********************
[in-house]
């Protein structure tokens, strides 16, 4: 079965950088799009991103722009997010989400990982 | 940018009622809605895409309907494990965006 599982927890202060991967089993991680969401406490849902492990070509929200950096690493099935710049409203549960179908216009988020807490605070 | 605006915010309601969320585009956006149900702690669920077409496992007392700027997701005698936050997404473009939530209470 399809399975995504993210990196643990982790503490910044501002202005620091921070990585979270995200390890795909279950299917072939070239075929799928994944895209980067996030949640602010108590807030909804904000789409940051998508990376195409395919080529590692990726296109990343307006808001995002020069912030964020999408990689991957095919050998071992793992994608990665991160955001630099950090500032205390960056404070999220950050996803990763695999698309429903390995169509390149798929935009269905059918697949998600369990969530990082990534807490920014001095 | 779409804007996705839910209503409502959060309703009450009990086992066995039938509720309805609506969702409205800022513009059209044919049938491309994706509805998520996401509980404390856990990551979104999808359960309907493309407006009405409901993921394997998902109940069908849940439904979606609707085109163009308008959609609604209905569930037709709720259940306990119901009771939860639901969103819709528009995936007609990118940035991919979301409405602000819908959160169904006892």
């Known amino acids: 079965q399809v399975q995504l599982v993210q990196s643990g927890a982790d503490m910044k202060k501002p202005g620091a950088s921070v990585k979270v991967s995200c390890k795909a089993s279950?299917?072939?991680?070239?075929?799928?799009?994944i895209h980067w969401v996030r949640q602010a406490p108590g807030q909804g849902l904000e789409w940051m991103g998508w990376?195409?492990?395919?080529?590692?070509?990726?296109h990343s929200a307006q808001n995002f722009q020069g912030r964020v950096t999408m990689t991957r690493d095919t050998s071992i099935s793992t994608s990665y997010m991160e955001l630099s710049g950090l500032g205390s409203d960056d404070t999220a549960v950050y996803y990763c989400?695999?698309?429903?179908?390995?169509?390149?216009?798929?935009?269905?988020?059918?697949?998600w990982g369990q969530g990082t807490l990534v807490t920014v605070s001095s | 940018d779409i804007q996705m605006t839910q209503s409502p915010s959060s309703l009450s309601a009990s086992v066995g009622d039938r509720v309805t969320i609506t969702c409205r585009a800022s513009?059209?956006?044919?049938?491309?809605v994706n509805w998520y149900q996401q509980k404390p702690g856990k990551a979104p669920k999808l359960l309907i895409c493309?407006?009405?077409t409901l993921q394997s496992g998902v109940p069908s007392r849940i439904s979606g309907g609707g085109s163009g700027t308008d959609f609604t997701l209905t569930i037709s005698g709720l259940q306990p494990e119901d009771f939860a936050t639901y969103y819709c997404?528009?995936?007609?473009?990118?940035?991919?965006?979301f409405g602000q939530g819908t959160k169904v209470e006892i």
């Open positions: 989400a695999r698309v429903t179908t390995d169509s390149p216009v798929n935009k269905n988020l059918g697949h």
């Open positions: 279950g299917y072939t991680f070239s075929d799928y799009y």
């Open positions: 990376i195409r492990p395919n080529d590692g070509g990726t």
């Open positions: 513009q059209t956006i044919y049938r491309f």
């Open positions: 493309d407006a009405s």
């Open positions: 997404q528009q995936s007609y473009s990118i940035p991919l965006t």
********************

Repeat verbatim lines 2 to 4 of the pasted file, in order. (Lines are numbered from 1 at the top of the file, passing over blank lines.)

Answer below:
């Protein structure tokens, strides 16, 4: 079965950088799009991103722009997010989400990982 | 940018009622809605895409309907494990965006 599982927890202060991967089993991680969401406490849902492990070509929200950096690493099935710049409203549960179908216009988020807490605070 | 605006915010309601969320585009956006149900702690669920077409496992007392700027997701005698936050997404473009939530209470 399809399975995504993210990196643990982790503490910044501002202005620091921070990585979270995200390890795909279950299917072939070239075929799928994944895209980067996030949640602010108590807030909804904000789409940051998508990376195409395919080529590692990726296109990343307006808001995002020069912030964020999408990689991957095919050998071992793992994608990665991160955001630099950090500032205390960056404070999220950050996803990763695999698309429903390995169509390149798929935009269905059918697949998600369990969530990082990534807490920014001095 | 779409804007996705839910209503409502959060309703009450009990086992066995039938509720309805609506969702409205800022513009059209044919049938491309994706509805998520996401509980404390856990990551979104999808359960309907493309407006009405409901993921394997998902109940069908849940439904979606609707085109163009308008959609609604209905569930037709709720259940306990119901009771939860639901969103819709528009995936007609990118940035991919979301409405602000819908959160169904006892």
């Known amino acids: 079965q399809v399975q995504l599982v993210q990196s643990g927890a982790d503490m910044k202060k501002p202005g620091a950088s921070v990585k979270v991967s995200c390890k795909a089993s279950?299917?072939?991680?070239?075929?799928?799009?994944i895209h980067w969401v996030r949640q602010a406490p108590g807030q909804g849902l904000e789409w940051m991103g998508w990376?195409?492990?395919?080529?590692?070509?990726?296109h990343s929200a307006q808001n995002f722009q020069g912030r964020v950096t999408m990689t991957r690493d095919t050998s071992i099935s793992t994608s990665y997010m991160e955001l630099s710049g950090l500032g205390s409203d960056d404070t999220a549960v950050y996803y990763c989400?695999?698309?429903?179908?390995?169509?390149?216009?798929?935009?269905?988020?059918?697949?998600w990982g369990q969530g990082t807490l990534v807490t920014v605070s001095s | 940018d779409i804007q996705m605006t839910q209503s409502p915010s959060s309703l009450s309601a009990s086992v066995g009622d039938r509720v309805t969320i609506t969702c409205r585009a800022s513009?059209?956006?044919?049938?491309?809605v994706n509805w998520y149900q996401q509980k404390p702690g856990k990551a979104p669920k999808l359960l309907i895409c493309?407006?009405?077409t409901l993921q394997s496992g998902v109940p069908s007392r849940i439904s979606g309907g609707g085109s163009g700027t308008d959609f609604t997701l209905t569930i037709s005698g709720l259940q306990p494990e119901d009771f939860a936050t639901y969103y819709c997404?528009?995936?007609?473009?990118?940035?991919?965006?979301f409405g602000q939530g819908t959160k169904v209470e006892i």
């Open positions: 989400a695999r698309v429903t179908t390995d169509s390149p216009v798929n935009k269905n988020l059918g697949h």